Easy Money, Presidential Debates, Palintology, and the Militarization of Sports

101 Ways to Get Rich Without Doing Anything Socially Useful

Why do we have this thing called a “financial crisis”? Why have we had such a crisis periodically ever since the United States was created? What changes occur or what happens each time to bring on the crisis? Do we forget how to make things that people need? Do the factories burn down? Are our tools lost? Do the blueprints disappear? Do we run out of people to work in the factories and offices? Are all the services that people need for a happy life so well taken care of that there’s hardly any more need for the services? In other words: What changes take place in the real world to cause the crisis? Nothing, necessarily. The crisis is usually caused by changes in the make-believe world of financial capitalism.

All these grown men playing their boys’ games. They create an assortment of financial entities, documents, and packages that go by names like hedge funds, derivatives, collateralized debt obligations, index funds, credit default swaps, structured investment vehicles, subprime mortgages, and dozens of other exotic monetary vehicles. They create all manner of commercial pieces of paper, of no known real or inherent value, backed up by few if any standards. Then they sell these various pieces of paper to the public and to each other. They slice and dice mortgages into arcane and risky instruments, then bundle them together, and sell the packages to those higher up in the pyramid scheme. And some of those engaged in this Wild West buying and selling become millionaires. Some become billionaires. They get Christmas bonuses greater than what most Americans earn the entire year. Is all this not remarkable?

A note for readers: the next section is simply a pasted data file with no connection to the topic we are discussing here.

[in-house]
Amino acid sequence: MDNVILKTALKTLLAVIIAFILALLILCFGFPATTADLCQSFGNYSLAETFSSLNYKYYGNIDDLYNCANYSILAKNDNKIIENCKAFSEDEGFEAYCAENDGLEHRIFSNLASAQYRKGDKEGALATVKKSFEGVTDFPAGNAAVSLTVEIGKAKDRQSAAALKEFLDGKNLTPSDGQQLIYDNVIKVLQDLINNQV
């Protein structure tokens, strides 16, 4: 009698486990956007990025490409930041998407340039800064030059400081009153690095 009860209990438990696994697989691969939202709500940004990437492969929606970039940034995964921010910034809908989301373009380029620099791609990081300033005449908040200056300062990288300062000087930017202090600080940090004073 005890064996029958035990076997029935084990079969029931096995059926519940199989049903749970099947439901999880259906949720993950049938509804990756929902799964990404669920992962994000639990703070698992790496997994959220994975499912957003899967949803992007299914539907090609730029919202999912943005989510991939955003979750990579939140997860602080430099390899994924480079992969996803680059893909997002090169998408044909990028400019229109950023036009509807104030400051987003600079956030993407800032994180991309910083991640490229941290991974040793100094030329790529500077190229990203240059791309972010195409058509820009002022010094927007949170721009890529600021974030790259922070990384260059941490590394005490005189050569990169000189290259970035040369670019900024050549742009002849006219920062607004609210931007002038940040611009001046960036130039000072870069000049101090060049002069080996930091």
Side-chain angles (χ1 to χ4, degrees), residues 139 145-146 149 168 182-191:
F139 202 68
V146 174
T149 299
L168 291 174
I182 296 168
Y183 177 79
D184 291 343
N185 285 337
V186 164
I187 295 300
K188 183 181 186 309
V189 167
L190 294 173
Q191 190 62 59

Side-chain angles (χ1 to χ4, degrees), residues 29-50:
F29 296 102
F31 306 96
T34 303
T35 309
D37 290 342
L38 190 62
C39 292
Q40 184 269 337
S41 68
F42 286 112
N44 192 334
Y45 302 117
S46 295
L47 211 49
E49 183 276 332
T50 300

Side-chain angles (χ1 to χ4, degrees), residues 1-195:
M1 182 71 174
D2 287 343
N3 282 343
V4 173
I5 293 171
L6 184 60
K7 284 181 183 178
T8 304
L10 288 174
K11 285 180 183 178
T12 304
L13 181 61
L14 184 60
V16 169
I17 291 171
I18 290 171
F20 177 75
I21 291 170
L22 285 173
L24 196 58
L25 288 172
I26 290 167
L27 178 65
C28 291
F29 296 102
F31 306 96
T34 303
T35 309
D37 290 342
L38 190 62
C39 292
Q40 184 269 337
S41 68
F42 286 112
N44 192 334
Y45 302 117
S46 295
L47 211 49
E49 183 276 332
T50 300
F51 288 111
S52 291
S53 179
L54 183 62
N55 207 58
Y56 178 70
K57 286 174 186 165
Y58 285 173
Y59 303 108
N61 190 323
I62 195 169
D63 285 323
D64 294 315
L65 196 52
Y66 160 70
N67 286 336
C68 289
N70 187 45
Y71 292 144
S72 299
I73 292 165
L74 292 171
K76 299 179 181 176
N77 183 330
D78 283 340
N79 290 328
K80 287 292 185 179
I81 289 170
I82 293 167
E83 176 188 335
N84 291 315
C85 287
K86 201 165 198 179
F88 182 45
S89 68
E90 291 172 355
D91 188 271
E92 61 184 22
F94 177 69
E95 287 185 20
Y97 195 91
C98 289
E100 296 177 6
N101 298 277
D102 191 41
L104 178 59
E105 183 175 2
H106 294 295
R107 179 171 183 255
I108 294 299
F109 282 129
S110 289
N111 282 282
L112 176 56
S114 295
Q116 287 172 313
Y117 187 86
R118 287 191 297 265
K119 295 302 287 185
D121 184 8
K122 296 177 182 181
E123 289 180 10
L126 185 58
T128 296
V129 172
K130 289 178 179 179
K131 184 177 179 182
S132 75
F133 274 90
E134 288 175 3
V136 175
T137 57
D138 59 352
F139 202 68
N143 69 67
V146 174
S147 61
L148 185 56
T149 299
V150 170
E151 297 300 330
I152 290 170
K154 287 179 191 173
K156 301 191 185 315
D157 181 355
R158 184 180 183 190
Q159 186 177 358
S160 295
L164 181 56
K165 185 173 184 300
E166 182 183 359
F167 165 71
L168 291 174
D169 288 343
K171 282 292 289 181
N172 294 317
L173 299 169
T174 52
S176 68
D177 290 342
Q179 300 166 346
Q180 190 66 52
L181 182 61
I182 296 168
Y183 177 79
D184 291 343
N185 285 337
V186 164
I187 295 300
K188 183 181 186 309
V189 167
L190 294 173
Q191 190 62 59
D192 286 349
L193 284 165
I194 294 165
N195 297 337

And much of the buying is not done with the buyer’s own money, but with borrowed funds; “leveraged”, they call it. The pieces of paper sometimes represent commodities, but the actual commodities are not seen, may not even exist; if the seller demanded the buyer’s own funds, or the buyer wanted to see the goods, the whole transaction would freeze. They sell “long”, expecting the price to rise; they sell “short”, expecting the price to fall; they sell “naked short”, which means they neither possess nor own what they’re selling; a name for each gimmick. They take ever-greater risks buying and selling increasingly-esoteric pieces of paper. It’s a glorified Las Vegas, casino capitalism.

These pieces of paper can be so complex that many of those buying and selling them do not fully understand them; no problem, they just resell the pieces of paper to someone else at a higher price, even when one or both parties know that the paper, while pretending to be payable debt, is virtually worthless. The government, even when it tries to moderately regulate this Monopoly board, can at times also be confused by the complexities of the pieces of paper, compounded by the less-than-transparent practices that envelop the transactions; a potpourri including speculation, manipulation, fraud. Billionaire financier Warren Buffett has called the pieces of paper “weapons of mass financial destruction.”